I have been on ride-alongs with seasoned members of the local HI association. In those cases, it was just a handshake deal. I bought a cold drink or snack after the inspection. They asked me how I would have done it differently. They were more of a gut-check for me to see where I stacked up against the more experienced inspectors in my area. In each case we agreed that they would tag-along on one of my inspections. They have never followed thru to schedule with me.

    "The Code is not a peak to reach but a foundation to build from."

  9. #9
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    Default Re: TAgalong

    Quote Originally Posted by Rick Bunzel View Post
    Ken,

    While its great to give back to the inspector community your time / experience is worth something. Personally I have worked hard to be a better inspector and spent time on places like Inspection News to learn more about our trade.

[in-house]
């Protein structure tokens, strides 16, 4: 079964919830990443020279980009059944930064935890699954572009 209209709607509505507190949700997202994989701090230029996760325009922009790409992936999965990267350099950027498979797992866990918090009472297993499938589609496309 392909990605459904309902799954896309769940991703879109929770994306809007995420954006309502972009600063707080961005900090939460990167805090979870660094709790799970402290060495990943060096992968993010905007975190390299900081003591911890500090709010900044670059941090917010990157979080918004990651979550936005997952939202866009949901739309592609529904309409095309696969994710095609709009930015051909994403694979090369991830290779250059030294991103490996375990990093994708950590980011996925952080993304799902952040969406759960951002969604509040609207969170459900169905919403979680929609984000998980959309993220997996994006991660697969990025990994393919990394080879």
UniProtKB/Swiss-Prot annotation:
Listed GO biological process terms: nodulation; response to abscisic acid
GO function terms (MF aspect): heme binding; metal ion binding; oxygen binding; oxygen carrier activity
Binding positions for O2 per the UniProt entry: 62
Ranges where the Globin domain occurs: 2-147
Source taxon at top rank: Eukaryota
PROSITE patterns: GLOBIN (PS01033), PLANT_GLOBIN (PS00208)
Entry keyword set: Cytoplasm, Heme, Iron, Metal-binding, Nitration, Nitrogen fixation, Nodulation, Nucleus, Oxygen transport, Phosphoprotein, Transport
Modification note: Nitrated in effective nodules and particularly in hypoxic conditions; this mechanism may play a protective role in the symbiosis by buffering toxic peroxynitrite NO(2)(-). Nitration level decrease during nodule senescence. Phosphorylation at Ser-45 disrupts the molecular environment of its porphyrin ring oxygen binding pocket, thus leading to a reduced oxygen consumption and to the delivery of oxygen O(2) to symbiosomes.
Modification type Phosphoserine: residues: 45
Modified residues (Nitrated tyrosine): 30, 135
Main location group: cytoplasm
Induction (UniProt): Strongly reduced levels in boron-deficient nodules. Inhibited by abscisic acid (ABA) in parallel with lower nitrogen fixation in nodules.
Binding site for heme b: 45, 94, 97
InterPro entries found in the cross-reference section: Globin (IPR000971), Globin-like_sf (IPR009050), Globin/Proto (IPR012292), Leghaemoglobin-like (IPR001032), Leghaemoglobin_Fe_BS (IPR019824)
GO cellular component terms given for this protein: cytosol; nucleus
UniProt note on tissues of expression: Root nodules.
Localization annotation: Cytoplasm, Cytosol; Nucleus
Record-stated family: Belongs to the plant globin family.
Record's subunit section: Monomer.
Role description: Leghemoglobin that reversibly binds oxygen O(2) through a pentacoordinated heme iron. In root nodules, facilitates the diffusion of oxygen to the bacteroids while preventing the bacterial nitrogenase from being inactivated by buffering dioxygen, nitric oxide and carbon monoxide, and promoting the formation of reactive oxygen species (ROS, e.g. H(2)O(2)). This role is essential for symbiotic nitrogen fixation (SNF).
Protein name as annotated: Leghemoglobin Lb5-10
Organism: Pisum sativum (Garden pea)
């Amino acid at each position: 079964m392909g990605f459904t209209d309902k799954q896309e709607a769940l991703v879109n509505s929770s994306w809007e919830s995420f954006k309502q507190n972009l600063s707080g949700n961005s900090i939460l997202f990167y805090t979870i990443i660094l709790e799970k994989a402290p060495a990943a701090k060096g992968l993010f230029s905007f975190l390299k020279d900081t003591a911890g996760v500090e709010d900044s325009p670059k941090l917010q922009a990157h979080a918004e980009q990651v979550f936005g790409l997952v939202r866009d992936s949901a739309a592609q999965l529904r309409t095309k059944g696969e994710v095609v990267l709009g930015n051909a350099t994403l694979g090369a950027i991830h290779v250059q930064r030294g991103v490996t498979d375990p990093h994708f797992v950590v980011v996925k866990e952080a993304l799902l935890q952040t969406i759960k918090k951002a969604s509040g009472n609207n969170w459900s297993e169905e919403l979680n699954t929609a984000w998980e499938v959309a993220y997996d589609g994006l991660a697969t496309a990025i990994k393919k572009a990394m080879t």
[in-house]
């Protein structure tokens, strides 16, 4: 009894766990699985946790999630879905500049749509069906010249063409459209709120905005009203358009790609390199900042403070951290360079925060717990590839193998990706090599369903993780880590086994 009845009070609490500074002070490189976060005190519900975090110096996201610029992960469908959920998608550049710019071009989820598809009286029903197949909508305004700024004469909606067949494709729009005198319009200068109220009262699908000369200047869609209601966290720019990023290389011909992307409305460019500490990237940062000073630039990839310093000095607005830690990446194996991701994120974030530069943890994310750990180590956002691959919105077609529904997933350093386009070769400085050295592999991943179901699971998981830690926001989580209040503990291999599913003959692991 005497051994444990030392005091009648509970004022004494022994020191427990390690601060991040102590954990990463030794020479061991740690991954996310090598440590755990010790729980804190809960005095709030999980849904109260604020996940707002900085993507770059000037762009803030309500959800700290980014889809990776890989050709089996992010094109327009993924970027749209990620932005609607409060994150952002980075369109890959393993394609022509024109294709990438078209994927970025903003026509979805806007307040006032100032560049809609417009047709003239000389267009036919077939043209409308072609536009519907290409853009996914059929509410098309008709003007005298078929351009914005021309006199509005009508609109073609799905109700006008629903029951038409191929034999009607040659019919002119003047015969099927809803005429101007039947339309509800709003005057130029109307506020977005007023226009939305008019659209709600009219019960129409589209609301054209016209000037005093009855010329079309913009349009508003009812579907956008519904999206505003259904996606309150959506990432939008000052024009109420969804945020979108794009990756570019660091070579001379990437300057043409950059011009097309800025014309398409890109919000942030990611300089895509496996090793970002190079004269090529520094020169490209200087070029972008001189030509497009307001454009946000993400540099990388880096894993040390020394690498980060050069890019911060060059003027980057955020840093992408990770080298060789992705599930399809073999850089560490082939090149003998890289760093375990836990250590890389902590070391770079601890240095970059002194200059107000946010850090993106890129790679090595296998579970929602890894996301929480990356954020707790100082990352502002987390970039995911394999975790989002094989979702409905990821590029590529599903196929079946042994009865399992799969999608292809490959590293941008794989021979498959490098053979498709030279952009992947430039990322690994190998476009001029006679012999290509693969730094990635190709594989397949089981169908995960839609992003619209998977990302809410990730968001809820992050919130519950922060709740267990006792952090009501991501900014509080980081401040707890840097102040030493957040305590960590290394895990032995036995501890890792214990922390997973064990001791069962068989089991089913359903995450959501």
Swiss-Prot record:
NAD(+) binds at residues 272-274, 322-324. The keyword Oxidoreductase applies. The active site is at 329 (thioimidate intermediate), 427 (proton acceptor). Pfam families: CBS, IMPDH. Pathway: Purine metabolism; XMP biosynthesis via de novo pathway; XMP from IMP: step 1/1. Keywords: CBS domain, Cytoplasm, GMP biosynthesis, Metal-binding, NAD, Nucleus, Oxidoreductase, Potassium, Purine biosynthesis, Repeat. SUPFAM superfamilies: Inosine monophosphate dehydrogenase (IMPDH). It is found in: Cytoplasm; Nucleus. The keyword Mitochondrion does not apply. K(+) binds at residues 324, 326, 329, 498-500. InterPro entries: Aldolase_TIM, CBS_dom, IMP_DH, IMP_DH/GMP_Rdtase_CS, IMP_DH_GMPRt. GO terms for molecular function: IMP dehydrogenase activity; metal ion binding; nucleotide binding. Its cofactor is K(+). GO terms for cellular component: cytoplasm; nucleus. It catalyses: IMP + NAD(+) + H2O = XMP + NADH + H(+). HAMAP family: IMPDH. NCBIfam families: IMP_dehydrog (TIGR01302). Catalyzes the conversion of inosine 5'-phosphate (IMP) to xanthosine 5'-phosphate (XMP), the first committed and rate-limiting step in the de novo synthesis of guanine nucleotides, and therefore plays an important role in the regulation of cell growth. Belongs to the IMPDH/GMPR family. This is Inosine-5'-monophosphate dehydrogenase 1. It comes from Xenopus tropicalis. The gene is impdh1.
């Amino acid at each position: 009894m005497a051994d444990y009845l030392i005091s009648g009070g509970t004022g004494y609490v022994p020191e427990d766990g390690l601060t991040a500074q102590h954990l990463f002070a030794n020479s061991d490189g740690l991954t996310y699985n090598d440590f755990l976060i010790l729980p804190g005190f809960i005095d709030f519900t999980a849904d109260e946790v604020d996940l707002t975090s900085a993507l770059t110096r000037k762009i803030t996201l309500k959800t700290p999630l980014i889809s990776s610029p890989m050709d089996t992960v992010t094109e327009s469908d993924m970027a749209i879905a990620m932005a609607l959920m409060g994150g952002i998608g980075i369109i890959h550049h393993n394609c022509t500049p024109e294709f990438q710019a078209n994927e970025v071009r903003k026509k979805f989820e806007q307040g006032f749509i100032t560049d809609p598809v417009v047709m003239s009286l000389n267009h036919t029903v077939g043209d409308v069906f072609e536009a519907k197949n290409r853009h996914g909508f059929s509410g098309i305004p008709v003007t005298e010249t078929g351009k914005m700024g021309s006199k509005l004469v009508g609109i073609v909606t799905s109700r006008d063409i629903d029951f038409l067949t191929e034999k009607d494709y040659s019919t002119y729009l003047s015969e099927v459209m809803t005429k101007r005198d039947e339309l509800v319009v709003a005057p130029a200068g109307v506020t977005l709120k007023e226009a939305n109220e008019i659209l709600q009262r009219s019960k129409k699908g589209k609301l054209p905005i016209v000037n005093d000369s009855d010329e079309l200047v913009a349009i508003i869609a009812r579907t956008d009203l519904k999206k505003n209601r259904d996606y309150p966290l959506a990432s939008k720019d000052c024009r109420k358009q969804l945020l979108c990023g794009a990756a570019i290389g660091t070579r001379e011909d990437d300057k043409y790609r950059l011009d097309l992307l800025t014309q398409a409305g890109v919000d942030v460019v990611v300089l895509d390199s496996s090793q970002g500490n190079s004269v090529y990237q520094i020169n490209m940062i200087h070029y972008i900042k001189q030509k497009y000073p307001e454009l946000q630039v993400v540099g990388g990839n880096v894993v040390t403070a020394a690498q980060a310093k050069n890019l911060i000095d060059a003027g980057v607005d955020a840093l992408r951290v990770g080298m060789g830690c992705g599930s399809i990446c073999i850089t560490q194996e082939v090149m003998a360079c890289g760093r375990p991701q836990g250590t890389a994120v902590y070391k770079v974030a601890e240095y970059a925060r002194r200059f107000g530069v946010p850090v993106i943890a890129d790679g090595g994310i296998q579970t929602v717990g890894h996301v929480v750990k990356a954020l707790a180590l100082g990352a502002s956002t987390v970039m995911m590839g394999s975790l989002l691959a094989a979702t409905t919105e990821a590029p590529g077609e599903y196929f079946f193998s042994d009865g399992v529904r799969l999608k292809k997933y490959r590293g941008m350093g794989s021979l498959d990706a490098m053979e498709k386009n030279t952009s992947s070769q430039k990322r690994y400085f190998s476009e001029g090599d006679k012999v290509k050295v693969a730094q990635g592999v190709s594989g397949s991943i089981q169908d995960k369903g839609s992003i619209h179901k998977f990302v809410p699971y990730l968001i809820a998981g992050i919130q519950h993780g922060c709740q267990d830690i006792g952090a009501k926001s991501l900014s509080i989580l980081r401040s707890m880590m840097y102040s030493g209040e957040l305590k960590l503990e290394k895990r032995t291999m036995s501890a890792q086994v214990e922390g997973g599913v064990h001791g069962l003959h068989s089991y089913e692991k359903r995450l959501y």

As with any business there are start up costs. The new inspector should be will to learn from a pro. If I would have had the opportunity to spent two weeks in the field with an experienced inspector I would have jump at it. As it was I fumbled my way through the first 50 inspections without killing myself or missing something major.

    //Rick
    I agree that my time and experience is worth something. I get paid the full amount to do the inspection so there's no need to charge the apprentice. Before I take someone on they have to know the fundamentals first. I'm not going to teach them how to turn on their computer. I'm not going to teach them construction terminology. I'm not going to teach them their reporting software or how to import pictures from their camera to their computer. But I will teach them how to inspect the building.